Nádia Pontes – Searching for cold waters

Brazil | 2020

As a veteran journalist, Nádia Pontes has seen many graphic things in her life. But when she speaks about the Brazilian journalists who were beaten up by President Jair Bolsonaro’s followers last week in Brasília, her voice conveys a hint of disbelief. “During the last five years it has become more dangerous for journalists in the field,” Pontes said.

Pontes’ colleagues from the Brazilian capital were attacked during a demonstration in favor of the Bolsonaro government on Sunday. Eventually, pictures of the attack were published. “It is so ugly to see this violence on TV,” Pontes said. However, the attack is not an isolated case but part of a broader picture, displaying an anti-journalistic sentiment in the country that has all but increased since Bolsonaro took office in January 2019.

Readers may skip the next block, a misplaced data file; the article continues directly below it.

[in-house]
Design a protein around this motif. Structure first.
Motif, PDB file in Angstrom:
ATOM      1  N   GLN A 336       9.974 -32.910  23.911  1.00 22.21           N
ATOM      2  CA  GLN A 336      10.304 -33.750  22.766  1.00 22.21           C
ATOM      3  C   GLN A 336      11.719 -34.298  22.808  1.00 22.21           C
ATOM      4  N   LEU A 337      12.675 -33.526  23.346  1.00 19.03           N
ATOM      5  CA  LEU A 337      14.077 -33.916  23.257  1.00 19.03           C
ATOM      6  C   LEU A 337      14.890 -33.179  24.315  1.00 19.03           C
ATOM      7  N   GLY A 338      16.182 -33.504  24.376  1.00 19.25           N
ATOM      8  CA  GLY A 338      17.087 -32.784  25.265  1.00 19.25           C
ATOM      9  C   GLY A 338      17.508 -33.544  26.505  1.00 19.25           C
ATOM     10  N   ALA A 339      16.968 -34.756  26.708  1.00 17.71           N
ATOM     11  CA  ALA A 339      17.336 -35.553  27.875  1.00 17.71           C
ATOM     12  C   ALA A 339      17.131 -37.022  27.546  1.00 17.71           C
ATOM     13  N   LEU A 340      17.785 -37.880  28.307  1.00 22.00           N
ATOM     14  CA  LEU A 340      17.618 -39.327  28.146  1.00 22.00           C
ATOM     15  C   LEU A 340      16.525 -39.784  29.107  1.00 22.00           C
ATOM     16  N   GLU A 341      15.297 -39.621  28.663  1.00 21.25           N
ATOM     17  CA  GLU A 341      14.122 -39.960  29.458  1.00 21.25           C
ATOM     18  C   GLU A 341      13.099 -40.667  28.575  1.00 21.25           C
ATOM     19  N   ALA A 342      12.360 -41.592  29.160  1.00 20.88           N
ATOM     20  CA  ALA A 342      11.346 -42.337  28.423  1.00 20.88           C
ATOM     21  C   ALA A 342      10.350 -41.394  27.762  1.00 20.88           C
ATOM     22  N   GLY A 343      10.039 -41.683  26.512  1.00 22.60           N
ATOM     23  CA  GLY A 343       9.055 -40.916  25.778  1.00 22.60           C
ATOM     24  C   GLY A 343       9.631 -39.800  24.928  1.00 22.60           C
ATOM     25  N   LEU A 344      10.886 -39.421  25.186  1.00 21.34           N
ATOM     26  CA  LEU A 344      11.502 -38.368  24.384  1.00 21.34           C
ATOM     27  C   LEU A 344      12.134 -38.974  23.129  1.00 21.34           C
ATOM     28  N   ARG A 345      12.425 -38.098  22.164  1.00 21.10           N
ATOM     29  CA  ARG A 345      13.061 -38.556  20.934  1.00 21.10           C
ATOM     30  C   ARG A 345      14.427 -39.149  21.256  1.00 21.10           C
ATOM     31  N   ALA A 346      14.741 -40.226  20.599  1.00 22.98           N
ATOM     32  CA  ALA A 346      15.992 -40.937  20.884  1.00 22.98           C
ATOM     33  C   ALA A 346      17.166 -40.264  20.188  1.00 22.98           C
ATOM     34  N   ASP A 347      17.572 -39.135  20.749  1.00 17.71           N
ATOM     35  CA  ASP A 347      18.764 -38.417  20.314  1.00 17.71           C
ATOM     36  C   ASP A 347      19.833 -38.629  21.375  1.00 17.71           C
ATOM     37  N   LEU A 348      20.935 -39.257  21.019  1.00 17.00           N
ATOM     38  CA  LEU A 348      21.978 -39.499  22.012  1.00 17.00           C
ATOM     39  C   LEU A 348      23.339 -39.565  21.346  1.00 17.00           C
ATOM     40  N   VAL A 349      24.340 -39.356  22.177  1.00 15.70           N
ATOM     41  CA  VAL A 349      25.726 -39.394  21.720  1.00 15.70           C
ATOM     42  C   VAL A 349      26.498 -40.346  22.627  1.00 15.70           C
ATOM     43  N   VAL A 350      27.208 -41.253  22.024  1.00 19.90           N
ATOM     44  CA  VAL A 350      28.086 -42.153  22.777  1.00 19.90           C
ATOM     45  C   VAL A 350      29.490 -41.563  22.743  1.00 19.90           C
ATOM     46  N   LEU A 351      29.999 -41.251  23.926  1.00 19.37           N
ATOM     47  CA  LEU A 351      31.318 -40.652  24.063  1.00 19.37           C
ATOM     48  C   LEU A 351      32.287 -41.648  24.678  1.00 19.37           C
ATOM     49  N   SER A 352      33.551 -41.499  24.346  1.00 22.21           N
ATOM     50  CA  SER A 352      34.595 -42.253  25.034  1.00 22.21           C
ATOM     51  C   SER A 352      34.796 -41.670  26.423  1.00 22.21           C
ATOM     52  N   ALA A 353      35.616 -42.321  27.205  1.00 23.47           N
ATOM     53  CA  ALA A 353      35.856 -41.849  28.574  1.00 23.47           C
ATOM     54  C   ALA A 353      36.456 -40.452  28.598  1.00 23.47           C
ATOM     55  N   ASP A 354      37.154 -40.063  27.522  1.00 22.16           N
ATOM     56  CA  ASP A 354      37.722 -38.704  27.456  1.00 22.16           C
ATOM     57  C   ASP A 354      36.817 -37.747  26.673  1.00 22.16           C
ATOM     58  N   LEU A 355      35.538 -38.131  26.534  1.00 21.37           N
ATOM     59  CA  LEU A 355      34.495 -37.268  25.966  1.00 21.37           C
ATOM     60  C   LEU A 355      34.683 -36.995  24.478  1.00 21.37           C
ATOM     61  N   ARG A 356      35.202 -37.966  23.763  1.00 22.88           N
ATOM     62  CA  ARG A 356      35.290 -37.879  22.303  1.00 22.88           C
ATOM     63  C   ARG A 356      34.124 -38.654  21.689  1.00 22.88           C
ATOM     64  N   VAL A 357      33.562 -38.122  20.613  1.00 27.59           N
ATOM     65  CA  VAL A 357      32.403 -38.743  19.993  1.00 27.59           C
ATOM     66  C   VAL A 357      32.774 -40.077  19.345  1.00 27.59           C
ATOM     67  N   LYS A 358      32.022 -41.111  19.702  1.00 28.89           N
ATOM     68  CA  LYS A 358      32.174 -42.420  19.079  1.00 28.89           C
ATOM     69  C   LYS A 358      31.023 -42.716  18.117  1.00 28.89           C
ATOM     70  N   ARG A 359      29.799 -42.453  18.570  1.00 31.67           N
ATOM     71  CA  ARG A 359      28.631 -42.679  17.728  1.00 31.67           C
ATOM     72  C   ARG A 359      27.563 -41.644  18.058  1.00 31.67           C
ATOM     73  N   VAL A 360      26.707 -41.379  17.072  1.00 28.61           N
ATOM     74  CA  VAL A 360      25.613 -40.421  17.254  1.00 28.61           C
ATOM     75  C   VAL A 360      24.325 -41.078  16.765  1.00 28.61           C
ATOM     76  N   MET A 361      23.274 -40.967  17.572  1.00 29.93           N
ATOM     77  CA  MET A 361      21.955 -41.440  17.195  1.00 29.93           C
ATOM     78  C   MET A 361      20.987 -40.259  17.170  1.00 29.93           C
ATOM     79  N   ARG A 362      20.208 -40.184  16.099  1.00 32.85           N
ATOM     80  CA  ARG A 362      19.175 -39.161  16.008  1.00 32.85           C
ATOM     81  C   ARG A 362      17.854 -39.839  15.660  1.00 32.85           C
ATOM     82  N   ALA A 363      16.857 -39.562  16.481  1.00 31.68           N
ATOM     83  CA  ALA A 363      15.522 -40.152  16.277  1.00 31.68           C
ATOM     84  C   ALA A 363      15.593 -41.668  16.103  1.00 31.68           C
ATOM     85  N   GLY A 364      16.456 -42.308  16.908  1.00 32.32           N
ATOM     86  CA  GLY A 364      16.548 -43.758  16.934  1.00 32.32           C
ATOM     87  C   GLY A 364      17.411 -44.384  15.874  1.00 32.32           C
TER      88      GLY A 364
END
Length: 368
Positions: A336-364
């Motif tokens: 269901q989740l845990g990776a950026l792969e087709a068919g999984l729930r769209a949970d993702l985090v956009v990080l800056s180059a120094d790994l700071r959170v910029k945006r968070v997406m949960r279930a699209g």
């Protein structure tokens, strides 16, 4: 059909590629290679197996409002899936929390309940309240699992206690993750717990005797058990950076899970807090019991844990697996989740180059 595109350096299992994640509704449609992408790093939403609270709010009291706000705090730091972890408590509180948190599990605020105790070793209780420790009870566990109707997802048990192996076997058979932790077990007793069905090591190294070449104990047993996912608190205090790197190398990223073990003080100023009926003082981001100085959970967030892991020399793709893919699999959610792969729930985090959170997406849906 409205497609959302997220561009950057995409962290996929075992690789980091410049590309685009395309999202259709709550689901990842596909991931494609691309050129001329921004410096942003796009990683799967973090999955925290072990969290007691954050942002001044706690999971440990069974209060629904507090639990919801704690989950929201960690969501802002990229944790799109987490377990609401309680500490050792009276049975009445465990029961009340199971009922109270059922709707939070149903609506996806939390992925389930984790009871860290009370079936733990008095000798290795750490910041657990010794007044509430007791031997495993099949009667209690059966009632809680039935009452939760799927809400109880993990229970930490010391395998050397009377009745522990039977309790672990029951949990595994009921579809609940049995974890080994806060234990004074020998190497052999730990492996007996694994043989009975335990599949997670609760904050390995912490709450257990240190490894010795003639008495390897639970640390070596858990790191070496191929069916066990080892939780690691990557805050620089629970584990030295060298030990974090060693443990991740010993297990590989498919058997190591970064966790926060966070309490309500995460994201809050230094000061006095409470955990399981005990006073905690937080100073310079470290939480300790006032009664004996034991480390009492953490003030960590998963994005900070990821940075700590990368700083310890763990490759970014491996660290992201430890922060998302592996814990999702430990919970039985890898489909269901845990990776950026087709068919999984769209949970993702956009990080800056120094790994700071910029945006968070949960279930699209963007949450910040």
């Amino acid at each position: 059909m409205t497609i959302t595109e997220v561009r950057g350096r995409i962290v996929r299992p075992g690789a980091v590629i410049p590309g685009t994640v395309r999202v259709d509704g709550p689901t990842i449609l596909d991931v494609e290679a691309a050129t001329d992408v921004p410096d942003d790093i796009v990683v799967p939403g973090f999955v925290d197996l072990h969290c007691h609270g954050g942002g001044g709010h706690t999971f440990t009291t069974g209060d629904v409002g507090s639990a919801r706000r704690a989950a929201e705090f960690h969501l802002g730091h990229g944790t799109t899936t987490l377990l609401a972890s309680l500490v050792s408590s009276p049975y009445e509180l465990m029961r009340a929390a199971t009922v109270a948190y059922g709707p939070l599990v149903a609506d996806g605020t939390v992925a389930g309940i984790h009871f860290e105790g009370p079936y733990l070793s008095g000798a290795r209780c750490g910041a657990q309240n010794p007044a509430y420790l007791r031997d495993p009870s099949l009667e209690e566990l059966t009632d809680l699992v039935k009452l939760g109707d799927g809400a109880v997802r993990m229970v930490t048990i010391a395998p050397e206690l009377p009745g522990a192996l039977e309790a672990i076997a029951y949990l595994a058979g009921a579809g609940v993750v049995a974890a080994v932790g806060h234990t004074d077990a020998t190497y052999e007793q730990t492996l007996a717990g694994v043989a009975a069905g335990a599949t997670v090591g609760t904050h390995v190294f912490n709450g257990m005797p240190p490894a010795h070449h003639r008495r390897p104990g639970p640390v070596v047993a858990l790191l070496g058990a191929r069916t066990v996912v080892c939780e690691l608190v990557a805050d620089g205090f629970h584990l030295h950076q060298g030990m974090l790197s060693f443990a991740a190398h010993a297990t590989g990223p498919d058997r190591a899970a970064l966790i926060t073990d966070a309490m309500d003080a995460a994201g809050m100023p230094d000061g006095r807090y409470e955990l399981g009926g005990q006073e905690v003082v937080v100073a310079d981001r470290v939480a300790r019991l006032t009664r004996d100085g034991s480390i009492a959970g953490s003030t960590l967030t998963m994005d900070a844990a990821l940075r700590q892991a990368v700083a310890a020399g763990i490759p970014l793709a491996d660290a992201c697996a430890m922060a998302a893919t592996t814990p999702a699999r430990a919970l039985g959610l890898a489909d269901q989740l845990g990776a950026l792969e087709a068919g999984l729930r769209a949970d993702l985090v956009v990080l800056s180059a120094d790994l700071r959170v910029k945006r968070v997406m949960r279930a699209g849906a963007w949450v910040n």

When asked about the early years of her career, Pontes’ tone brightens up. A career that seemed unlikely to happen. Pontes was born in the city of São José dos Campos, a powerhouse of the region’s industrial and research sector, located 80 kilometers East of São Paolo. Raised by a working-class father and a mother without a proper formal education, her path to journalism was not exactly laid out for her. In fact, going to university set a precedent in her family. Nonetheless, Pontes made her way to the state university in Bauru where she started her bachelor’s degree in journalism and social communication. “That was a completely new world for me,” Pontes said. “It was a wonderful time.”

Even though her parents could not support her much, Pontes graduated four years later. After working a couple of months for a radio station, she was determined to jump into cold water once again, taking off to London. “We wanted to learn the language,”Pontes said with a laugh about her youthful curiosity. Together with her then boyfriend, who is now her husband, Pontes took jobs as a waitress or as a receptionist in a hairdresser’s salon to pay their bills. “Nobody would have believed me that I was a journalist,” Pontes said.